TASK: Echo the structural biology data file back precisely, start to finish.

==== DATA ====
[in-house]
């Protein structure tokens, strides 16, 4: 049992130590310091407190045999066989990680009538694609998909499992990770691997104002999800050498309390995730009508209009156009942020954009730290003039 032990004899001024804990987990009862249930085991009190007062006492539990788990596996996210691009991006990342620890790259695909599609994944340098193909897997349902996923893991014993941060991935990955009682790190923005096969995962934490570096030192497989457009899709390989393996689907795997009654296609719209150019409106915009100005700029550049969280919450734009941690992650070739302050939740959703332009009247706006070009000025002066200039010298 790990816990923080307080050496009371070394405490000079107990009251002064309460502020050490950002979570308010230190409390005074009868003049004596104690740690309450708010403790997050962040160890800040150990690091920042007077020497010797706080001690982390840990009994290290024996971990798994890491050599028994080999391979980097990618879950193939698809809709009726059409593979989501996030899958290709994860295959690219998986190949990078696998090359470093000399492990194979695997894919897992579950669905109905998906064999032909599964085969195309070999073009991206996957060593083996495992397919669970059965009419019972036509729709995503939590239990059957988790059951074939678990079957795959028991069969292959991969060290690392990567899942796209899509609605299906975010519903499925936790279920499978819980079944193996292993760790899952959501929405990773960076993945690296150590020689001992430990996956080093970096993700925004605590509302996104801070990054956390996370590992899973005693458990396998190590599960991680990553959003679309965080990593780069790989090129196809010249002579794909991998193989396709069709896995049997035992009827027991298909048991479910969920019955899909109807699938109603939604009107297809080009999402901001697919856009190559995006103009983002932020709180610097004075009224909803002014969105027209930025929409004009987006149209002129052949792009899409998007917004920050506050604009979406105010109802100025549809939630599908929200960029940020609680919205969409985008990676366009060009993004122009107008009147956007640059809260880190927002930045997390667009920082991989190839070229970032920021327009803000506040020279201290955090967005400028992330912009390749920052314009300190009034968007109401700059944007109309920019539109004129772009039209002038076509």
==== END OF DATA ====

[in-house]
């Protein structure tokens, strides 16, 4: 049992130590310091407190045999066989990680009538694609998909499992990770691997104002999800050498309390995730009508209009156009942020954009730290003039 032990004899001024804990987990009862249930085991009190007062006492539990788990596996996210691009991006990342620890790259695909599609994944340098193909897997349902996923893991014993941060991935990955009682790190923005096969995962934490570096030192497989457009899709390989393996689907795997009654296609719209150019409106915009100005700029550049969280919450734009941690992650070739302050939740959703332009009247706006070009000025002066200039010298 790990816990923080307080050496009371070394405490000079107990009251002064309460502020050490950002979570308010230190409390005074009868003049004596104690740690309450708010403790997050962040160890800040150990690091920042007077020497010797706080001690982390840990009994290290024996971990798994890491050599028994080999391979980097990618879950193939698809809709009726059409593979989501996030899958290709994860295959690219998986190949990078696998090359470093000399492990194979695997894919897992579950669905109905998906064999032909599964085969195309070999073009991206996957060593083996495992397919669970059965009419019972036509729709995503939590239990059957988790059951074939678990079957795959028991069969292959991969060290690392990567899942796209899509609605299906975010519903499925936790279920499978819980079944193996292993760790899952959501929405990773960076993945690296150590020689001992430990996956080093970096993700925004605590509302996104801070990054956390996370590992899973005693458990396998190590599960991680990553959003679309965080990593780069790989090129196809010249002579794909991998193989396709069709896995049997035992009827027991298909048991479910969920019955899909109807699938109603939604009107297809080009999402901001697919856009190559995006103009983002932020709180610097004075009224909803002014969105027209930025929409004009987006149209002129052949792009899409998007917004920050506050604009979406105010109802100025549809939630599908929200960029940020609680919205969409985008990676366009060009993004122009107008009147956007640059809260880190927002930045997390667009920082991989190839070229970032920021327009803000506040020279201290955090967005400028992330912009390749920052314009300190009034968007109401700059944007109309920019539109004129772009039209002038076509």